Amanda MackinnonMaking my garden mosaic masterpieces

There are some things in life that are polarising. You love them or hate them. Anchovies, brussel sprouts and avocados all instantly spring to mind. Mmmm, I love all three. But I’ve come to the conclusion that mosaic garden art is also one of these things. People are either drawn to it or they’re not. I love the colour mosaics add to my coastal garden and the whole new level of recycling that they can bring to an old and tired object.

Our neighbourhood is home to a wonderful mosaic artist, Kerry Howlett (check out her page ‘Dodges Ferry Mosaics’ on Facebook). Kerry is well known in the local area and her colourful influence is widespread across the local community. Dodges Ferry and surrounds is sprinkled with mosaic house numbers, letterboxes, signs, murals and even public toilets. Kerry is one of those gems who shares her talents and has taught hundreds of people the skill of mosaicing, including me. And let me tell you…it’s addictive!

My mosaic house number sign on the gate

My mosaic house number sign on the gate

One of the first projects I attempted was a house number. Here is my beautiful ‘182’ that has been hanging on our front gate for the past six or seven years. I still love it. Dodges Ferry is riddled with similar numbers that have arisen out of Kerry’s local workshops. Each one is unique.

With a success under my belt, I moved on to a series of garden pavers. The shot below shows just how bright the path to my clothesline is. I have a collection of them with garden critters on them that meander through the garden bed.

Mosaic pavers under the clothesline

Mosaic pavers under the clothesline

From there I moved on to all sorts of creations. Concrete garden animals are great to mosaic, as are plain sheets of cement sheeting, birdbaths and old garden implements. I have little ‘masterpieces’ dotted at various spots around my garden. I think they give it character. My husband on the other hand, does not share the same opinion…clearly no taste in garden art darling.

Mosaic pelican in my garden

Mosaic pelican in my garden

Mosaic snail plaque in my garden

Mosaic snail plaque in my garden

Mosiac duck in my garden

Mosiac duck in my garden

Kerry Howlett's mosaic swans

Kerry Howlett’s mosaic swans

How could you not love these gorgeous swans that Kerry has upcycled? I am hanging out to get my hands on an old swan now to create my own. And her surfboards are now legendary in the community – what a great addition to a beach shack they are! Just last weekend a group of us got together under Kerry’s guidance and transformed our own board. This one will be used as an auction item to raise money at the upcoming local school fair.

Mosaic surfboard for the school in the making

Mosaic surfboard for the school in the making

I think the thing I love the most about mosaicing is that it’s an art that doesn’t have to be precise. At the end of the day, once all those little bits of tile are glued and you then grout your object, an amazing picture emerges. The process of grouting often completely transforms an item from ‘a collection of tiles’ into a wonderful image. It’s almost like a hidden picture comes to life.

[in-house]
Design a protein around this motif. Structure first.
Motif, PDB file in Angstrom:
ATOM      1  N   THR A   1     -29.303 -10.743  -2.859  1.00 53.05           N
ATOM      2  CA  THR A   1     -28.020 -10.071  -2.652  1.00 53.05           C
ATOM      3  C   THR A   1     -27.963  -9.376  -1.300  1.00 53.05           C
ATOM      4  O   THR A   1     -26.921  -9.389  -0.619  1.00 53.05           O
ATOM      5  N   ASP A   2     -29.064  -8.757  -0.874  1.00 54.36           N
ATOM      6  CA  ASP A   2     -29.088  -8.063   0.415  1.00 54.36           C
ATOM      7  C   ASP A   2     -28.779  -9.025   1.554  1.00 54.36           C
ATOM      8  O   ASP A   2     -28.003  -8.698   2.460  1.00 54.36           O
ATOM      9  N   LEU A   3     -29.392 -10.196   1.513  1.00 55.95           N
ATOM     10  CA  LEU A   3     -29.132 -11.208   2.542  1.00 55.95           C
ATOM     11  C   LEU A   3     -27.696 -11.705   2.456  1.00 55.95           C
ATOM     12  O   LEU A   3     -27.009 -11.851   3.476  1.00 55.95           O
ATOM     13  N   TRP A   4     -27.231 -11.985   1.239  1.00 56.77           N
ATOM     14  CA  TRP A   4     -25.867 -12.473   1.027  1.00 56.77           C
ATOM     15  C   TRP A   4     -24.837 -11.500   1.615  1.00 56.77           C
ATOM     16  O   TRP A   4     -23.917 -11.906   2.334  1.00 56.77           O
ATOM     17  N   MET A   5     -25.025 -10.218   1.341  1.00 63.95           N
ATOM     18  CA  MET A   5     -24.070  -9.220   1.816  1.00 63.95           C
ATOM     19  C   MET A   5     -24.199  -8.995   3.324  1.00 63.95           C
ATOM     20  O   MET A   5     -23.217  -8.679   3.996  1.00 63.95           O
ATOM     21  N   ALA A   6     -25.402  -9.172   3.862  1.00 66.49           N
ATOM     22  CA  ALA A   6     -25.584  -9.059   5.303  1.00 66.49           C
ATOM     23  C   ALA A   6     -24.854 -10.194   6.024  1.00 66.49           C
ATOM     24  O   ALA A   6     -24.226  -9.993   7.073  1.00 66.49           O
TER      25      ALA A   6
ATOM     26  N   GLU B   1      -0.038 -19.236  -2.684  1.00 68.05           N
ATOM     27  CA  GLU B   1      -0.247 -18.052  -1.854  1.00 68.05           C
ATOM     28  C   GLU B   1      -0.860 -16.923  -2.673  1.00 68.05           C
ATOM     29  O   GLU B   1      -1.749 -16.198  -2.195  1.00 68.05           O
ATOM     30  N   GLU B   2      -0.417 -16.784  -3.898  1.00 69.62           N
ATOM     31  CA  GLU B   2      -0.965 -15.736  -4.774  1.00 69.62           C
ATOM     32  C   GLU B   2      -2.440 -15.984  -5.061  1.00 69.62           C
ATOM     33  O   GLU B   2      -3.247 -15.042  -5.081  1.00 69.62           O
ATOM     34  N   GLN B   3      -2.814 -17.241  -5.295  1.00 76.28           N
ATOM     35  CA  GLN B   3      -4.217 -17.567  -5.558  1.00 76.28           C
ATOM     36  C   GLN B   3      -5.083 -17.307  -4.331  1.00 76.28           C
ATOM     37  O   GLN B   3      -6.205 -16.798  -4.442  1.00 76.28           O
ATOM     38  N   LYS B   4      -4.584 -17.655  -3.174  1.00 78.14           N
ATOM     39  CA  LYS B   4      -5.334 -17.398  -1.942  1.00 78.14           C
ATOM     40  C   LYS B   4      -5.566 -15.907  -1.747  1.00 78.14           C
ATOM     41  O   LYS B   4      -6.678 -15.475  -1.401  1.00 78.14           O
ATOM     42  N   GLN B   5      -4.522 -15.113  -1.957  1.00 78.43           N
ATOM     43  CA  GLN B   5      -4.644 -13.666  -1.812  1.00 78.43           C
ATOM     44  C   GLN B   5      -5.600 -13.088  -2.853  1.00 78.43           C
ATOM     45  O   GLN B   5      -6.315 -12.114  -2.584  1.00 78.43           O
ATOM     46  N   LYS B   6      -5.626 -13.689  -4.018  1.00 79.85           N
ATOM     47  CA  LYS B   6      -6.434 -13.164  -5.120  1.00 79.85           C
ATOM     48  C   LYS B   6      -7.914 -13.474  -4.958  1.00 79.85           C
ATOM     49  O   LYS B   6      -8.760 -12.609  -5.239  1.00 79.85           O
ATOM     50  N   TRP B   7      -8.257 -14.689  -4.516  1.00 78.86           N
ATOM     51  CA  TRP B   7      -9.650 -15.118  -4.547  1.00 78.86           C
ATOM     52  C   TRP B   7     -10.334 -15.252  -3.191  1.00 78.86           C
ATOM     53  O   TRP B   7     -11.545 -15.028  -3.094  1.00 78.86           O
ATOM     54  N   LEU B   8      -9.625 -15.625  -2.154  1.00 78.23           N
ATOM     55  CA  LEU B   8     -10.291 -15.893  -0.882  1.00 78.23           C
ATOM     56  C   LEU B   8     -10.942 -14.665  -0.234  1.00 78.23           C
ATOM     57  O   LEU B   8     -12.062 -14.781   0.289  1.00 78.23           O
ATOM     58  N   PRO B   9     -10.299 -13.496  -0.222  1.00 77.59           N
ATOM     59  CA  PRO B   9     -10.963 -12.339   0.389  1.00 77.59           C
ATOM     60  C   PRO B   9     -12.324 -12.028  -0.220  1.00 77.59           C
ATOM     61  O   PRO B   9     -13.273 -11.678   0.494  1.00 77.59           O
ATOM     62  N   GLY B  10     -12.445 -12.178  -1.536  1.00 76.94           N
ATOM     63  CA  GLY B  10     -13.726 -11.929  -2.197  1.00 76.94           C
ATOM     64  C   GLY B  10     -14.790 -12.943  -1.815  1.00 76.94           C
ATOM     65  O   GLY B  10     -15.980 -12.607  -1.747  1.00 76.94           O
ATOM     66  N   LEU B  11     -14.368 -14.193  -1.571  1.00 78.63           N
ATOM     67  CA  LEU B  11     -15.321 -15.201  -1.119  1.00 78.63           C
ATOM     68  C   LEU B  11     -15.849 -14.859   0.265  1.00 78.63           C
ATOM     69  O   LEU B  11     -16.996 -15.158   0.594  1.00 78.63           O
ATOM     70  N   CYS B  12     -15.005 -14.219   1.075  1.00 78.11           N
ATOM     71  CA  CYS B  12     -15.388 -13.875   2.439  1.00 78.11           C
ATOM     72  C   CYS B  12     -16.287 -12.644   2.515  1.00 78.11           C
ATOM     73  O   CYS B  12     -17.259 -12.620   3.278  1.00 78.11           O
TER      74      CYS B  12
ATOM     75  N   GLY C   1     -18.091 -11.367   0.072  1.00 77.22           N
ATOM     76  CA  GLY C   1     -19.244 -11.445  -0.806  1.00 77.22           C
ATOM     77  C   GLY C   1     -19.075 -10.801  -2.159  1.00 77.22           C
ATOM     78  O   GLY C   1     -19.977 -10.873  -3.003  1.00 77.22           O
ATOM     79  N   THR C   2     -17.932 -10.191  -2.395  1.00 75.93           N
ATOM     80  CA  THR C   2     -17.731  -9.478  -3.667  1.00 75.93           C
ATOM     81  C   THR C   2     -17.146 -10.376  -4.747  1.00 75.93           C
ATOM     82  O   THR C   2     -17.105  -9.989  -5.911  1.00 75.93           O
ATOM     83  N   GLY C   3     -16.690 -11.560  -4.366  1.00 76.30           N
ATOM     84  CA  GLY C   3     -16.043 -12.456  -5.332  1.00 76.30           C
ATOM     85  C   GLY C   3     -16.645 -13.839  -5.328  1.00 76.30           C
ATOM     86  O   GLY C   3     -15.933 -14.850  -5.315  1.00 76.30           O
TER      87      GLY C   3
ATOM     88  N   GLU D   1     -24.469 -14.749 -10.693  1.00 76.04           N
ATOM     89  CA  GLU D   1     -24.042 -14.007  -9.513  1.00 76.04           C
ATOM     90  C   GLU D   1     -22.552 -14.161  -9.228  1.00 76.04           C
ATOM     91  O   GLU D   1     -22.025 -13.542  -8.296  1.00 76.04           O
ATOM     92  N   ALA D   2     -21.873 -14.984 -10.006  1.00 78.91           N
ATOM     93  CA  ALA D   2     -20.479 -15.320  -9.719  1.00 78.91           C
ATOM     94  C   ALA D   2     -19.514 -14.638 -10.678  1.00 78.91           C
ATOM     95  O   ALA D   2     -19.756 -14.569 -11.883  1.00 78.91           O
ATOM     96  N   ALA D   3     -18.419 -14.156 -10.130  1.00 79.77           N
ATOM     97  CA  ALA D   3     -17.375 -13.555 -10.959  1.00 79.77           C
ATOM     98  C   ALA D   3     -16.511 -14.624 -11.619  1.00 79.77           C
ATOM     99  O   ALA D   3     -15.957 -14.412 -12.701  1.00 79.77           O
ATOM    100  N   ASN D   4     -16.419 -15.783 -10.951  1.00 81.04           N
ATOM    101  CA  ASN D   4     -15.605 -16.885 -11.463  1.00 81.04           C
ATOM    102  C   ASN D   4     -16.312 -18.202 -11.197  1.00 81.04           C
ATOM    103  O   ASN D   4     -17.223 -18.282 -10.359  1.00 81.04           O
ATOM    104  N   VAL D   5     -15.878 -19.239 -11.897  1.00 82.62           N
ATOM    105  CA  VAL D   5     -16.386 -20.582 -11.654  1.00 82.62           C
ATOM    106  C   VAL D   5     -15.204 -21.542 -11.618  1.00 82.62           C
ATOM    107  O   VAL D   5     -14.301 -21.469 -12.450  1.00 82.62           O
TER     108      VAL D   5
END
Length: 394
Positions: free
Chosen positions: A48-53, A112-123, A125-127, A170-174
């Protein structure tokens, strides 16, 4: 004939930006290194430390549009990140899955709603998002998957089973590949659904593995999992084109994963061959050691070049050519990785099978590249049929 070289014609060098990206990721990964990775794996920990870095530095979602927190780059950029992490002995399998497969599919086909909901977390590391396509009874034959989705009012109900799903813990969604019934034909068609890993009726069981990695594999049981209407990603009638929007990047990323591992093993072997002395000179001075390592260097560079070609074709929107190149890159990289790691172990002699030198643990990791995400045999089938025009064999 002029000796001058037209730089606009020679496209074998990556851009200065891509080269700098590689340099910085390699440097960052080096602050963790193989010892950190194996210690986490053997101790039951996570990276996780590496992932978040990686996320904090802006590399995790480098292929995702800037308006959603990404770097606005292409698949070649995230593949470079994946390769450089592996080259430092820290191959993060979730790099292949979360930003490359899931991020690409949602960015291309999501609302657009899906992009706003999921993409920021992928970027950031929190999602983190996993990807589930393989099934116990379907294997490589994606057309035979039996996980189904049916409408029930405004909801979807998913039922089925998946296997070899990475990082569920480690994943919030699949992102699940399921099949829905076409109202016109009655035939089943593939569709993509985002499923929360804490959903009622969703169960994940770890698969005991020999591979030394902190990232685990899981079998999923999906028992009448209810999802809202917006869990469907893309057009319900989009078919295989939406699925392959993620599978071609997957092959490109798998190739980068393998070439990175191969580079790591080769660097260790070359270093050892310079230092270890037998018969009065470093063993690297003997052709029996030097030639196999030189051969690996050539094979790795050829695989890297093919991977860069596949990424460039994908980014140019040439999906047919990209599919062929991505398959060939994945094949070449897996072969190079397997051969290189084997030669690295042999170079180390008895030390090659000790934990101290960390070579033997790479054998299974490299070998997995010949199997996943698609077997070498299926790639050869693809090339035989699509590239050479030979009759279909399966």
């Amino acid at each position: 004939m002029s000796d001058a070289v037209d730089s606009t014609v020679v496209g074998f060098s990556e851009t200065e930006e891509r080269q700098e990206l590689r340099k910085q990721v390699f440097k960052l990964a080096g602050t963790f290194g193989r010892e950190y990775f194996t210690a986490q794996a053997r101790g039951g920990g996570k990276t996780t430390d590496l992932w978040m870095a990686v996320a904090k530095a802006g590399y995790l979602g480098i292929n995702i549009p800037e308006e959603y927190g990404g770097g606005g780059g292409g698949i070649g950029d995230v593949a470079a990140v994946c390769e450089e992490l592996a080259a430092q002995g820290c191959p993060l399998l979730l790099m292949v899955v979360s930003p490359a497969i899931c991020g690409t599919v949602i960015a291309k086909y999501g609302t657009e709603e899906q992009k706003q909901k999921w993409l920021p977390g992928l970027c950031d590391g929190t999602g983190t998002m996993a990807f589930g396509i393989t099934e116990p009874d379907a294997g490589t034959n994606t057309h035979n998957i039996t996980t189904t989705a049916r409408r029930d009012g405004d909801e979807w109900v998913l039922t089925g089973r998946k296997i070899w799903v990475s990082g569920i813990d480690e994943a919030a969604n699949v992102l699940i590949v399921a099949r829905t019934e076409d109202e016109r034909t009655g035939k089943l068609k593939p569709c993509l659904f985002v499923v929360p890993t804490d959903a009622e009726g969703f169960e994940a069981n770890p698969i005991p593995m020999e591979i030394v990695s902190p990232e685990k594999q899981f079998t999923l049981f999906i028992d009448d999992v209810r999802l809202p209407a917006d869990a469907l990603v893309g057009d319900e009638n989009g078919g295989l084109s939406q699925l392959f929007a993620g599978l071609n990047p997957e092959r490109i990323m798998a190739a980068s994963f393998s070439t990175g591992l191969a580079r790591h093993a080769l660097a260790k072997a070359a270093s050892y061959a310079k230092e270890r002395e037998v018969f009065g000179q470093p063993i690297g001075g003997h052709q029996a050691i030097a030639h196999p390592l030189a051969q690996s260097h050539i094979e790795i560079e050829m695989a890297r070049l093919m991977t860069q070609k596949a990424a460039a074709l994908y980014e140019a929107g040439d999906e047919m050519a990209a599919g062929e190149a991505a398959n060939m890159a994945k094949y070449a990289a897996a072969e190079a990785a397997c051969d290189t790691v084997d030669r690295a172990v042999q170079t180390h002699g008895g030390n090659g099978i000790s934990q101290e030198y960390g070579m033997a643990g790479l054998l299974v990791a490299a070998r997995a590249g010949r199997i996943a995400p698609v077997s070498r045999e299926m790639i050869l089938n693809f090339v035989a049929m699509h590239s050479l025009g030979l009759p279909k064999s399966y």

Kerry's mosaic dog

Kerry’s mosaic dog

Mosaic wall at the local school

Mosaic wall at the local school

In our suburb, mosaicing has also been at the centre of many community projects. Here is the front entrance of our local primary school. A once boring and uninspiring block wall has been transformed into a magical underwater scene that depicts many of the animals that are common in the local area. The school itself has beach frontage so the scene is a perfect way for the kids to be reminded what they have right on their doorstep.

Telling the story of Dodges Ferry on the new classroom wall

Telling the story of Dodges Ferry on the new outdoor classroom wall

Under Kerry’s guidance we are currently ‘telling the story’ of Dodges Ferry’s history by mosaicing the walls of a new outdoor classroom. It’s a big project that will chew up many hours of time, but everyone is enjoying. Working on a mosaic in a group is very similar to working a community garden. Dodges Ferry gets its quirky name from an early settler called Ralph Dodge who operated a ferry service in the area. The mosaic depicts his boat, his farm and many of the local animals in the area.

Working hard on the mosaic for the classroom

Working hard on the mosaic for the school’s outdoor classroom

So my advice is if you are looking for the perfect piece of art to compliment your garden, have a go at making it yourself. It’s cheap, easy and extremely therapeutic. There’s nothing like smashing a few old tiles to clear out some cobwebs!

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Amanda Mackinnon

About Amanda Mackinnon

Amanda is a freelance writer working from the quiet rim of the world - beautiful Tasmania. Amanda's career has led her on a fascinating journey through marine science, education, horticulture, marketing and communications. Living in a busy male dominated household – chasing around 2 growing boys, a sop of a golden retriever, one cheeky ginger cat, a handful of chickens and even some stick insects, Amanda loves to write in her 'spare' time. With a keen interest in achievable gardens and family friendly projects, Amanda loves to share her experiences of what works well in her coastal Tassie garden as well as tips and tricks handpicked from all corners of the globe.

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